On Solaris, we have this:
mkisofs -r -v -J -R -o output.iso /path-to-main-folder
Actually, that’s exactly the same command as before. So there’s a win!
If you happen to be trying to create a functional ISO from the unzipped & combined two Oracle 11gR2 zip file downloads as I mentioned originally, though, I think you’ll need to add a few more switches. I find this works on Solaris 11, anyway:
mkisofs -log-file log.txt -r -v -J -R -d -l -N -allow-lowercase -allow-multidot -ldots -allow-leading-dots -o ora11gR2.iso /database
(In case the font lets me down, that’s “Jay Are dee el En’ in the middle bit there and it’s a reference to ‘minus eldots’… there’s no number ’1′ anywhere, in other words. And of course it’s all on one line, though I’ve broken it up here to make it look a bit nicer).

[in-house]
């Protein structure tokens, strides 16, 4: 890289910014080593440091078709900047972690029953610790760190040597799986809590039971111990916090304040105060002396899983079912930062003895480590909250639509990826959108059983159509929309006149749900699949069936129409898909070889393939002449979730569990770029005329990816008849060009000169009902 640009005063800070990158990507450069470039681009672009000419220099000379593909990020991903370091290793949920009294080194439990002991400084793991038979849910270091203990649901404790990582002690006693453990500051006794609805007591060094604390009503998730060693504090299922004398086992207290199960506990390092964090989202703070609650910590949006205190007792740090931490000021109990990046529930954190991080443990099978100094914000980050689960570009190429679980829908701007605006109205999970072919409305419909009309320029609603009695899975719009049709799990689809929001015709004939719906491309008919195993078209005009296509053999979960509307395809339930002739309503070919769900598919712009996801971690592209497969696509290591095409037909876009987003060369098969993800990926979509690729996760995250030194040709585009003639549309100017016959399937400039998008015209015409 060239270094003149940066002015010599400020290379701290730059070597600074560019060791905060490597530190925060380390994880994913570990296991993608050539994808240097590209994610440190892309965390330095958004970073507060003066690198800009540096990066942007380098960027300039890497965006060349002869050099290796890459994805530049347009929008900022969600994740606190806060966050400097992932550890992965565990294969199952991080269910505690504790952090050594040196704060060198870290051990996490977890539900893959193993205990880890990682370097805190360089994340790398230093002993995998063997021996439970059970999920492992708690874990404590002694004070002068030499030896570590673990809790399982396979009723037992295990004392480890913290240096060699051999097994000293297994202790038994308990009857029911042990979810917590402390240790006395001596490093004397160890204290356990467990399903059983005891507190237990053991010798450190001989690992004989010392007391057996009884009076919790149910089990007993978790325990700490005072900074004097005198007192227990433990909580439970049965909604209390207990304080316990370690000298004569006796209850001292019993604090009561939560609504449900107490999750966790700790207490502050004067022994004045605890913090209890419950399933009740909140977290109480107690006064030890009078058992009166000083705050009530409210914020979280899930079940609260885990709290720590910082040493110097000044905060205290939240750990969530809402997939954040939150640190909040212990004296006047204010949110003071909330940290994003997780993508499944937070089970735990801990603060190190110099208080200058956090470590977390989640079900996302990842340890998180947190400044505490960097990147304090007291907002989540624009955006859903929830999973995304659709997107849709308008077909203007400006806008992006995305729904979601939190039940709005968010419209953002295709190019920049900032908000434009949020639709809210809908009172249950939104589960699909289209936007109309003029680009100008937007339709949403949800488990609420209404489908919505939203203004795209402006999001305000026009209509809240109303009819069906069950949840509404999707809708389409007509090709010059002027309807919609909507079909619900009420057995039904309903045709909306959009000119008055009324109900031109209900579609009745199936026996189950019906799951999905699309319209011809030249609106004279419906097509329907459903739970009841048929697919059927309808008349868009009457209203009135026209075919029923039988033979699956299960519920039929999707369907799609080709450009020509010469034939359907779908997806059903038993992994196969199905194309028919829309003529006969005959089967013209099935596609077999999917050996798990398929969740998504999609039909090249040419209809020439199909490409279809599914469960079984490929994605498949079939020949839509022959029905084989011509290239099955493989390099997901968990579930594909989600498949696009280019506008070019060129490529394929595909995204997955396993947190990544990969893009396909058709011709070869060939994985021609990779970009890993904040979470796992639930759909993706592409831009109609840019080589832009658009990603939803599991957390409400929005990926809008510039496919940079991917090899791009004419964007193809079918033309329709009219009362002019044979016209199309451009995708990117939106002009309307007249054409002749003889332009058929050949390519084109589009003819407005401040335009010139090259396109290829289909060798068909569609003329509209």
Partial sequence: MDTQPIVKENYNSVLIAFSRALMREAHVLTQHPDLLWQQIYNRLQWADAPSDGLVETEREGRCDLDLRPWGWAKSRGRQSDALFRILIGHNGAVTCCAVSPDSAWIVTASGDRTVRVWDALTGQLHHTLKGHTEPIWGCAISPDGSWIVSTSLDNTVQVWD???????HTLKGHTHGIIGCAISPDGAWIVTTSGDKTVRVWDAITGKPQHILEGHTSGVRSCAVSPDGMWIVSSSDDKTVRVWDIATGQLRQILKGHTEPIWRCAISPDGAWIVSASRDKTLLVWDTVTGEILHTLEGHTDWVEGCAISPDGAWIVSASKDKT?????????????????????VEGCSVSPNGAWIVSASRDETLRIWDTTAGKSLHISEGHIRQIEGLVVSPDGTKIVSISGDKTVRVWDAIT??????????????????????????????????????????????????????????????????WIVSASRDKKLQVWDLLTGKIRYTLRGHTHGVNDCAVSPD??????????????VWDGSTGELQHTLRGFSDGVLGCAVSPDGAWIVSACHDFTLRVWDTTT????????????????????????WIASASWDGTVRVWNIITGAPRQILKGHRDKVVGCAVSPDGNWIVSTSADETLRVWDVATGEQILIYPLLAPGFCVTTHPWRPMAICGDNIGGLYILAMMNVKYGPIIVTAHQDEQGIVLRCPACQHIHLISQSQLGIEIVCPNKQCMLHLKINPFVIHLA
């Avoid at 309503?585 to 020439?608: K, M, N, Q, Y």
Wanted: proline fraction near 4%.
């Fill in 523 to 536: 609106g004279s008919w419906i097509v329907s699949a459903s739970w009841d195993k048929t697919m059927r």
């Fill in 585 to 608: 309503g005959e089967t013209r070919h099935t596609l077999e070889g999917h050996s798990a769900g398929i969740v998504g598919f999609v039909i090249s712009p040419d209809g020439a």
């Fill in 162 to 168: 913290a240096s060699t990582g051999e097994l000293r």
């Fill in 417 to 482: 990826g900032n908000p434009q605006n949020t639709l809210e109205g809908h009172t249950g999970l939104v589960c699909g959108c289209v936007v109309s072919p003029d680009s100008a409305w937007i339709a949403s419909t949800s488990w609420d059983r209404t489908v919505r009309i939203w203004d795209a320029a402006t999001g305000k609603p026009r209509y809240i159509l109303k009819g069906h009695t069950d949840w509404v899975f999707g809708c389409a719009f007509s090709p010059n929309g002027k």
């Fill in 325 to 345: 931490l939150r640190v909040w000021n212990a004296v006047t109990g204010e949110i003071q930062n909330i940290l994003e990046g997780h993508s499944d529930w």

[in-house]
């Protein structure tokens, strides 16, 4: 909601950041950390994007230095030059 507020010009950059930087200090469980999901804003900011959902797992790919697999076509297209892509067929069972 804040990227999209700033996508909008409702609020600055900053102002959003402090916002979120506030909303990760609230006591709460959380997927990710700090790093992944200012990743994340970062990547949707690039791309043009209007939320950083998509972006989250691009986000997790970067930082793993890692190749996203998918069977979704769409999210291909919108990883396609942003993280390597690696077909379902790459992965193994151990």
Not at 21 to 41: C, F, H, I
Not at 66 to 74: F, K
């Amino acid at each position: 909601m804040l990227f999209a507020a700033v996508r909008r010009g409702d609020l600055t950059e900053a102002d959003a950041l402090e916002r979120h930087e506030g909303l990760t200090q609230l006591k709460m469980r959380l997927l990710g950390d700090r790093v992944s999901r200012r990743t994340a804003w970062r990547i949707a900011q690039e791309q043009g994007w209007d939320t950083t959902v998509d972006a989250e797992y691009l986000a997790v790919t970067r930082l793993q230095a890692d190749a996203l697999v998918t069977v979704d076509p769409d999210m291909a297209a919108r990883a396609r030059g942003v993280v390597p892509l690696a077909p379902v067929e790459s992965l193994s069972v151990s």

5. How do you map a SAMBA share?
Assume we have a mountpoint called “/network” on both a Linux and a Solaris 11 machine, and we want to connect to a share called NEWTON/Public that is being offered by a Windows 2012 server somewhere (we’re nothing if not up-to-date in these parts!) On Linux, I’d do this: mount -t cifs -o username=Administrator NEWTON/Public /network
I’d love to be able to tell you what that Solaris 11 equivalent is, but I have yet to find one on text-mode Solaris 11. The GUIversion of Solaris 11 will certainly let you browse network shares in Nautilus, but it seems not to like any provided by Windows 2008 R2 and Windows 2012 servers… it simply keeps asking for the username/password for the share without ever seeming to realise it’s been told it multiple times! Browsing an ancient XP box I’d forgotten about, though, was no problem.